the Database. Thus, the Software does the lion's share of
the work. In short Drosin [the defendant] is not the author
of the matrixes.
argues that under Torah Soft, it has adequately
alleged that it owns the copyright in the MOVA Contour
program output. ECF No. 47 at 15. Assuming that a copyright
in a computer program may extend to its output, Rearden must
adequately plead that the MOVA Contour program does the
“lion's share” of the creating and that the
end-user's role in creating the final product is
“marginal.” See Torah Soft, 136
F.Supp.2d at 283. Defendants argue that “a person is
directing the performance of another person (the actor) to
make the various facial motions that determine the output.
ECF No. 36 at 17. They contend that “[t]he human
contribution to the expressive components of the output file
is substantial and performs the ‘lion's share of
the creativity' in the facial motion capture” and
that “[t]he human contribution cannot be deemed
‘marginal' in any sense.” Id.
Rearden argues that the allegations focus “on the MOVA
Contour program's generation of output . . ., which are
(1) distinct from the two-dimensional images of the
actors' performances captured by the MOVA Contour
cameras, (2) generated by the Contour program by synthesizing
the two dimensional camera captures into three-dimensional
Captured Surface and Tracking Mesh outputs after the
actors' performance and directors work-if any-is done,
and thus (3) created entirely by the MOVA Contour program
without any contribution from the actors or directors.”
ECF No. 47 at 17.
Court does not find it plausible that the MOVA Contour output
is created by the program without any substantial
contribution from the actors or directors. Unquestionably,
the MOVA program does a significant amount of work to
transform the two dimensional information captured on camera
into three dimensional Captured Surface and Tracking Mesh
outputs. But this cannot be enough, since all computer
programs take inputs and turn them into outputs. See
17 U.S.C. § 101 (“A ‘computer program'
is a set of statements or instructions to be used directly or
indirectly in a computer in order to bring about a certain
result.”). Here, Rearden must allege that the MOVA
program has done the “lion's share of the work,
” and in particular “the lion's share of the
creativity” in creating the outputs. See Torah
Soft, 136 F.Supp.2d at 283.
has not met this burden. Here, unlike in Torah Soft,
where the user merely inputs a word into the program, MOVA
Contour's user inputs a two dimensional camera capture
that may range from Dan Stevens' “facial
expressions of all the scenes we had done on previous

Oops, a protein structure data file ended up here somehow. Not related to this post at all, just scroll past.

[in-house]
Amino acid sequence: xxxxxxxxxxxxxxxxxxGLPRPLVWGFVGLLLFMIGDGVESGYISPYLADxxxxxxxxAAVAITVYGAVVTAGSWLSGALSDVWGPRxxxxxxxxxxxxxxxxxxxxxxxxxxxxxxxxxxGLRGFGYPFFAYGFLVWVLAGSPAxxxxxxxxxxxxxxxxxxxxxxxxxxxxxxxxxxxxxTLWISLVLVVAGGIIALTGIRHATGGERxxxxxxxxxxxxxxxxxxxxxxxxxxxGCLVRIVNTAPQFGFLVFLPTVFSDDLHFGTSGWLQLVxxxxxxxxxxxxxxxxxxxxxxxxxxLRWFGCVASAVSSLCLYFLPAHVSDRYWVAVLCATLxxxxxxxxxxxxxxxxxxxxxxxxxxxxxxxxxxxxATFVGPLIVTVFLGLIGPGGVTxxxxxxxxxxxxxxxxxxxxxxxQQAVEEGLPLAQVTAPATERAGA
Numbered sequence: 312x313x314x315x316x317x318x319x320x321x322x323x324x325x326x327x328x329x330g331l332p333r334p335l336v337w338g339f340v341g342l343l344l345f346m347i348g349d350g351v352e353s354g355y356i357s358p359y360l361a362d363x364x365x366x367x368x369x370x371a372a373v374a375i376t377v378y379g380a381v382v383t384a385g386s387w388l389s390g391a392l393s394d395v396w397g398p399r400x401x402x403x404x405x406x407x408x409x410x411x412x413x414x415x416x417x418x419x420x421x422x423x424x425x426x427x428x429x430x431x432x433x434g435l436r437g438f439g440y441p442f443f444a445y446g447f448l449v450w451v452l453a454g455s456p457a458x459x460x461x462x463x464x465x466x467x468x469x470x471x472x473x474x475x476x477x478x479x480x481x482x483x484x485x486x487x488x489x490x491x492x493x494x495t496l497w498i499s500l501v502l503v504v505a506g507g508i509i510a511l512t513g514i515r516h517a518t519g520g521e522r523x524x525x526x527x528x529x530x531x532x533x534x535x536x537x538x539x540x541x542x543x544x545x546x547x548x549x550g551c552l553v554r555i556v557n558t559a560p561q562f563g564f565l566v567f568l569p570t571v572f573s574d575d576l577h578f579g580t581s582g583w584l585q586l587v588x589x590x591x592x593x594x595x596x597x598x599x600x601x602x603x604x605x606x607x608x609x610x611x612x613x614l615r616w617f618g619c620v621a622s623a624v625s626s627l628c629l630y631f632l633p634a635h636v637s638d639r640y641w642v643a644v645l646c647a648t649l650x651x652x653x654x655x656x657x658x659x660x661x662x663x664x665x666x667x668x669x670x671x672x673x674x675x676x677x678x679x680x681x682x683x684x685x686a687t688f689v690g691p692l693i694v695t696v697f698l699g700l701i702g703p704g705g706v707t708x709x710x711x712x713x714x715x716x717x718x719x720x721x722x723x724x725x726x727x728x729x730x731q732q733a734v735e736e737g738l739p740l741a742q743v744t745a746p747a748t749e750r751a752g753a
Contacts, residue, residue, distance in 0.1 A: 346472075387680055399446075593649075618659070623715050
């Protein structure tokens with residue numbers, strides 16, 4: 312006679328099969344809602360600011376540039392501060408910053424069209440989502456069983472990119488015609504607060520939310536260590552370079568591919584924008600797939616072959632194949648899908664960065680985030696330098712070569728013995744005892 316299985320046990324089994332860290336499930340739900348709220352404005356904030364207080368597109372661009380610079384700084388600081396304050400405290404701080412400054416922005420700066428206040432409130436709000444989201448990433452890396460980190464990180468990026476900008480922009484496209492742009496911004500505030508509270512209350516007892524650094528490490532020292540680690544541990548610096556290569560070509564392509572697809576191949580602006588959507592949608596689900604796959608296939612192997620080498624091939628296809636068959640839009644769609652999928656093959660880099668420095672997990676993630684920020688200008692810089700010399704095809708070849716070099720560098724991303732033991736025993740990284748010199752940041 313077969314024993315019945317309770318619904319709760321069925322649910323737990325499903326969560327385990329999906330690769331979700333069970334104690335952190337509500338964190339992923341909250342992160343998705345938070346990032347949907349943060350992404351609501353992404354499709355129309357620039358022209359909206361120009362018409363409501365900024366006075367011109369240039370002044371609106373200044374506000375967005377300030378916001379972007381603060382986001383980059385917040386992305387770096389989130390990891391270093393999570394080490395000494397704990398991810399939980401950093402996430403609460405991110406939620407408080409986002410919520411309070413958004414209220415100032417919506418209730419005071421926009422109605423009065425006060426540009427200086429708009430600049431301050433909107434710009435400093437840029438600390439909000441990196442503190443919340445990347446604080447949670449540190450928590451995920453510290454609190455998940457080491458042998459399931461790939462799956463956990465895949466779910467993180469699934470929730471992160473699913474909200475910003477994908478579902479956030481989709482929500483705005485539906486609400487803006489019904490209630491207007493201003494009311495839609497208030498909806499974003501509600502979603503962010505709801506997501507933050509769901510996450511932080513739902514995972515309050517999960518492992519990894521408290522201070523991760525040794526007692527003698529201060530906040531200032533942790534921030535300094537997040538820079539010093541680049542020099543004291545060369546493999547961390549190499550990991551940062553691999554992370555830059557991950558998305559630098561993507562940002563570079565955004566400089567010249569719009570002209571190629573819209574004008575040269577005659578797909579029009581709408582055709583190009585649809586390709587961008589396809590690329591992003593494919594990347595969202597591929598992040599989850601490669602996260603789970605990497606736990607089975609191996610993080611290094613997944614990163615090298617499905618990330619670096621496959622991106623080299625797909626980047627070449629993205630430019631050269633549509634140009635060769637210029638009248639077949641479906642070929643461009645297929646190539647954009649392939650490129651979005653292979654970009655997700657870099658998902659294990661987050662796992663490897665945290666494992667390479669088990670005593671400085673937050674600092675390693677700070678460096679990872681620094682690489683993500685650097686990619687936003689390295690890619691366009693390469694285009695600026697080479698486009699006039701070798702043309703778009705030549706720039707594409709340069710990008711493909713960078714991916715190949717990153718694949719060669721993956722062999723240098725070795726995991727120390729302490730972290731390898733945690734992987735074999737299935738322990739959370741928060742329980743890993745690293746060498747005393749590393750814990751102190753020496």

days” to the “subtle and dynamic motions
performed by the actor [Josh Brolin playing Thanos in
Guardians of the Galazy)” to “Brad Pitt's
44-year-old face.” Disney Compl. ¶¶ 2, 4, 36.
Defendants' role in creating the end-product is not so
‘marginal' that the output reflects the
program's contents.” See Design Data Corp,
847 F.3d at 1173 (internal citations omitted).
argues that the allegations “mention” an actor
but focus on the MOVA Contour's program's generation
of output that is distinct from any actor's performance
or directors' work. ECF No. 47 at 17. However, Plaintiffs
repeatedly acknowledge the actors' contributions
throughout the complaints. See, e.g.,
Disney Compl. ¶ 2 (“film's romantic hero, the
Beast, was a CG (computer graphics) character played by actor
Dan Stevens, with every human subtlety of his facial
performance carried through to the animal-like CG face of the
Beast by a unique Oscar-winning visual effects
(“VFX”) technology); Disney Compl. ¶ 35, Fox
Compl. ¶ 35, Paramount Compl. ¶ 33 (“For
example, if the performer's expression causes the cheeks
to bulge out from a smile, the 3D points on the mesh tracking
the cheek will bulge out in exactly the same 3D shape. If the
forehead furrows into wrinkles, then the 3D points on the
mesh tracking the forehead will furrow into wrinkles in
exactly the same 3D shape.); Disney Compl. ¶ 44, Fox
Compl. ¶ 45, Paramount Compl. ¶ 43
(“effectively, we ended up with a [Contour Program
output file] 3D database of everything Brad Pitt's face
is capable of doing); Fox Compl. ¶ 57 (“The four
photographs below are still frames of Contour Program output
or derivative thereof. The subtleties of the facial
expressions of the performer were precisely captured with the
Contour systems and methods and then retargeted to a CG face,
retaining the subtleties of the human
performance…”); Paramount Compl. ¶ 31, Fox
Compl. ¶ 33, Disney Compl. ¶ 33 (“The
performer provides her or his facial performance”);
Paramount Compl. ¶ 35, Fox Compl. ¶ 37, Disney
Compl. ¶ 37 (“The result is a 3D model of the face
of the second performer that is controlled by the motion of
the first performer's face).
Rearden has not alleged that the program “‘does
the lion's share of the work'. . . or that the
user's input is ‘marginal.'” See
Design Data Corp, 847 F.3d at 1173. Rearden has not
alleged ownership of the output. The Court dismisses the
copyright claims without prejudice.